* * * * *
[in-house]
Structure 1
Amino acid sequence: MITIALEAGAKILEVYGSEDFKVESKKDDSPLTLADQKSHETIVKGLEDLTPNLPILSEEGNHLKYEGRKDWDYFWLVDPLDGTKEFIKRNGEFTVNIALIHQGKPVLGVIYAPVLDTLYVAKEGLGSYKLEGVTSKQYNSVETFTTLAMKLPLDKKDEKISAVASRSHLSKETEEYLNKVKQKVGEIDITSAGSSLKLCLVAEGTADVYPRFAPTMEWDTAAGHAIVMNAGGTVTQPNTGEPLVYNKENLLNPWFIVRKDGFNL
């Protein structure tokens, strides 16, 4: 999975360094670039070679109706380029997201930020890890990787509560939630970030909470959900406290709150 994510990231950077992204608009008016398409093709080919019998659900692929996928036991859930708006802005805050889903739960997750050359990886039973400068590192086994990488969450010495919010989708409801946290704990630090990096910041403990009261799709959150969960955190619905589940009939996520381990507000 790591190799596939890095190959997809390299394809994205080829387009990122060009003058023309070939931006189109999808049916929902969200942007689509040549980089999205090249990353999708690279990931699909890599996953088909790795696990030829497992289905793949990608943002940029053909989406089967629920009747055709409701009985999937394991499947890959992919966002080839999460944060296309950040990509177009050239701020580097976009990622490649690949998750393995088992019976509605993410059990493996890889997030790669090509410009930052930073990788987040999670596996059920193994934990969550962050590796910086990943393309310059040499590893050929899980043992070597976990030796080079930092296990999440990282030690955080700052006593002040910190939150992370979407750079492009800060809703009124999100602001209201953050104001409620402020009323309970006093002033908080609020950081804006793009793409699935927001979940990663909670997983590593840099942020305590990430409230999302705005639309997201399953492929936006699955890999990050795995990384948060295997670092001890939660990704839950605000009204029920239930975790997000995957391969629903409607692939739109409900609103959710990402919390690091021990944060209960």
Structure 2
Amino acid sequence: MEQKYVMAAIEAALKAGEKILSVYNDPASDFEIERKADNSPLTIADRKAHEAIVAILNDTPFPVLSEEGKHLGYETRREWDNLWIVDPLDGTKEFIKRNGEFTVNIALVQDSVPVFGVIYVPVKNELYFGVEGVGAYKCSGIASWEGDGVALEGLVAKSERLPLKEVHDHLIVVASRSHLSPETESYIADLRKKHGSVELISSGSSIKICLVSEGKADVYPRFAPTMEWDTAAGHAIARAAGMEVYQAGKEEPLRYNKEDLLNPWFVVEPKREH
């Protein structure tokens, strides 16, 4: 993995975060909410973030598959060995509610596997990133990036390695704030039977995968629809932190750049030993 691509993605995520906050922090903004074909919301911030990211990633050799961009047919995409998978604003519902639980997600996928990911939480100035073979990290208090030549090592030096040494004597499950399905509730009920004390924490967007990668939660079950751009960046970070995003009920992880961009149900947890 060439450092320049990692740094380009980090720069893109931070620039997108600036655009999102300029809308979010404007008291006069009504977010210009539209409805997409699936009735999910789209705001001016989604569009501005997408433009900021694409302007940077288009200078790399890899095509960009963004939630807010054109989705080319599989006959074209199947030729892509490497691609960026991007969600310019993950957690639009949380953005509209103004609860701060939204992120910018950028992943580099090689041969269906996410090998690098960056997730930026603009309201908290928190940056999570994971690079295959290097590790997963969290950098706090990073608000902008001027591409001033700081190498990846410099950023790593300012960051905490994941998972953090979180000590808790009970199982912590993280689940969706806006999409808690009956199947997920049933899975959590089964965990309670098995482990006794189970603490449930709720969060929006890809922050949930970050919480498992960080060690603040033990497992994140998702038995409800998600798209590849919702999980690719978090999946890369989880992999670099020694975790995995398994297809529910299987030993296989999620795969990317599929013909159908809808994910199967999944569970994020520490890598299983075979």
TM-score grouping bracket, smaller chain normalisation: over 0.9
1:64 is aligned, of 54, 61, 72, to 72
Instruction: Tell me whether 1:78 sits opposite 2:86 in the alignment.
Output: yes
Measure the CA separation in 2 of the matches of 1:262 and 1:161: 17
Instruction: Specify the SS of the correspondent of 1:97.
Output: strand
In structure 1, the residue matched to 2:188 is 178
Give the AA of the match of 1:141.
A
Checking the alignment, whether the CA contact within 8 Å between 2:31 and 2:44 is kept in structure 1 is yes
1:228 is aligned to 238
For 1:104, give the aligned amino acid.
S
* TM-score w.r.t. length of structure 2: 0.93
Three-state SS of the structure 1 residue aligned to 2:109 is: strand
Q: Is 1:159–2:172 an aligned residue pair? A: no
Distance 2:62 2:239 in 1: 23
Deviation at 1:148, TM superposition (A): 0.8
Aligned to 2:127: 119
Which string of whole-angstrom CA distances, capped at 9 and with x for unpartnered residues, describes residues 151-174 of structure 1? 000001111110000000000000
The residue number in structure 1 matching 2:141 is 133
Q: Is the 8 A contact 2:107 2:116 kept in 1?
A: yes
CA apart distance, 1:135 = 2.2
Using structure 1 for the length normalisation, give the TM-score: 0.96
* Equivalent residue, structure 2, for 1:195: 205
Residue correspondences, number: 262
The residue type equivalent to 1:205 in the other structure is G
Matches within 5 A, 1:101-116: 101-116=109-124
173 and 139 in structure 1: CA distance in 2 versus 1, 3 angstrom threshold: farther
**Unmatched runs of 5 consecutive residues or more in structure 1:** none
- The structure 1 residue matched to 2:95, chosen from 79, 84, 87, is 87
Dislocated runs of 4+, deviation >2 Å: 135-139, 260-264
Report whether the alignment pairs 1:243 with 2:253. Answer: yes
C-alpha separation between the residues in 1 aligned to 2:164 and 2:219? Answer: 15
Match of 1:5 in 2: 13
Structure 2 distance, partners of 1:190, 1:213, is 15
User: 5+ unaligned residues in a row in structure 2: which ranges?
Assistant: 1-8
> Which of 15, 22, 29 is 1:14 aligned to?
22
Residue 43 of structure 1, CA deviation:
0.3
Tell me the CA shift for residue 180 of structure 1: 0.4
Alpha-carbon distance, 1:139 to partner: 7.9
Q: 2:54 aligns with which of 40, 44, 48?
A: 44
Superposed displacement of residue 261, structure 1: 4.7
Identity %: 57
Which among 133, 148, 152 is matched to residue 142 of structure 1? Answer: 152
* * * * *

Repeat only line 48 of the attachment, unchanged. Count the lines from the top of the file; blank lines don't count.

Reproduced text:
> Which of 15, 22, 29 is 1:14 aligned to?